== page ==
Lent Challenge 1

Our challenge this week is to do an act of generosity. How can you go outside of what you normally do? You could pay for coffee of the person behind you at Tim Horton’s, you could donate to a new charity online, you could sign up to volunteer at WBCM, or somewhere else that is close to your heart. Think about all the gifts and abundance you have in your life, how can you share that with someone in need?

Join us in the conversation on Facebook this week, or send your comments to ce@ucim.org to be shared.

Random Generosity – By Gord

“Random” may be the best word for this exercise, but it is still not quite right.  To some “random” might mean “impetuous”, “without rhyme or reason”, “selective”, “occasional”.  It could be flighty, insensitive, and even hurtful.  With those meanings, it would be an oxymoron to call “random” generosity a spiritual discipline. 

Rather the practice of random generosity is the exercise of being ready to offer generosity (of any kind at any time) where it is unexpected, where there is no prior relationship, where the moment to be generous arrives unplanned, but we are primed to make generosity our first and usual response, rather than suspicion, or parsimonious-ness (with due apologies to parsons). 

Generosity – By Stacey

When I was a teenager, my family and I lived in Thompson, MB. It seemed to me at the time that wherever you went, someone was always asking you for something, some change or a cigarette. My Dad often went for a walk in the mornings and he would always make sure to carry some extra change in his pockets when he went out, so he would always have something to give when he was asked. As a teenager, I couldn’t understand his behaviour, what a waste of money, to give it to someone who was likely to go and waste it on cigarettes or alcohol, this wouldn’t help anyone and would only make the problem worse.

Looking back now, I have gained a better understanding of my father, and of the issues and problems associated with my careless attitude at the time, and I have begun to see the simplicity and beauty of my father’s generosity. Is it up to me to judge? Is it up to me to set conditions on the gifts that I can share out of my own abundance? Or, should I offer what help I can, whether a handful of small change, a donation to an organization that helps others, or a cup of coffee to someone who is cold and thirsty? I don’t know that person’s story, have never walked in their shoes, and so I can offer what I can spare, without judgement. As an adult, I try to remember my father’s example and keep some spare change with me wherever I go.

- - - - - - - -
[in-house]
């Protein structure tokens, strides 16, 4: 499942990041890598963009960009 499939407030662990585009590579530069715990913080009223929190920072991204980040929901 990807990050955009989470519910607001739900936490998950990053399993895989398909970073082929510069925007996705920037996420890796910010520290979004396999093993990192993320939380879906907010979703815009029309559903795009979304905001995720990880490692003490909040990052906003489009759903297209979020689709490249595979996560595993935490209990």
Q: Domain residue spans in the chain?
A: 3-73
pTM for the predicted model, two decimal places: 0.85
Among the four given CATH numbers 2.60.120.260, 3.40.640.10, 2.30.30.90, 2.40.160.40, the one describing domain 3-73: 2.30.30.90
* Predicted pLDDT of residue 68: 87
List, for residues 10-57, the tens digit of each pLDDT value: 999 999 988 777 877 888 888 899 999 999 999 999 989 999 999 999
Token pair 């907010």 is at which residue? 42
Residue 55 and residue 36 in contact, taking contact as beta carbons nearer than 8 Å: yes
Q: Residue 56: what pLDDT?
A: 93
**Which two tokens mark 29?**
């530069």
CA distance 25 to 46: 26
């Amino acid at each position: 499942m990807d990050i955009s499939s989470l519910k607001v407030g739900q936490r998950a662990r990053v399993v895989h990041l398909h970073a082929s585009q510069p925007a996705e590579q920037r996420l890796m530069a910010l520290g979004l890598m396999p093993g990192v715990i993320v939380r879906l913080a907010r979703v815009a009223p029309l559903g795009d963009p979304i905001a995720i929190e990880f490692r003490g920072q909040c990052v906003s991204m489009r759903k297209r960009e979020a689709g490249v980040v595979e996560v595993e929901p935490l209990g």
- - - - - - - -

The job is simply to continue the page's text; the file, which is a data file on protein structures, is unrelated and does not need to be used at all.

This article gives a great perspective on God’s promise of abundance.

Enough is Enough By Walter Brueggemann

In this Ted Talk, Sasha Dichter of the Acumen Fund shares the results of his month “Generosity Experiment”.

The Generosity Experiment

No sure where to start? In this article from Becoming Minimalist, find some tips to add more generosity in your daily life.

10 Little Ways to Become More Generous

Have you ever read the story of Stone Soup? It’s a great one to teach kids and adults the power of sharing when everyone comes together.

Watch one of these movies:

“Yes Man” with Jim Carey – in which Jim’s character makes a pledge to say “yes” to everyone who asks.  

“Pay it Forward” with Haley Joel Osment, Helen Hunt, and Kevin Spacey – in which a young student proposes an idea to change the world.

“Babette’s Feast” a refugee housekeeper prepares a lavish meal that melts rigid hearts.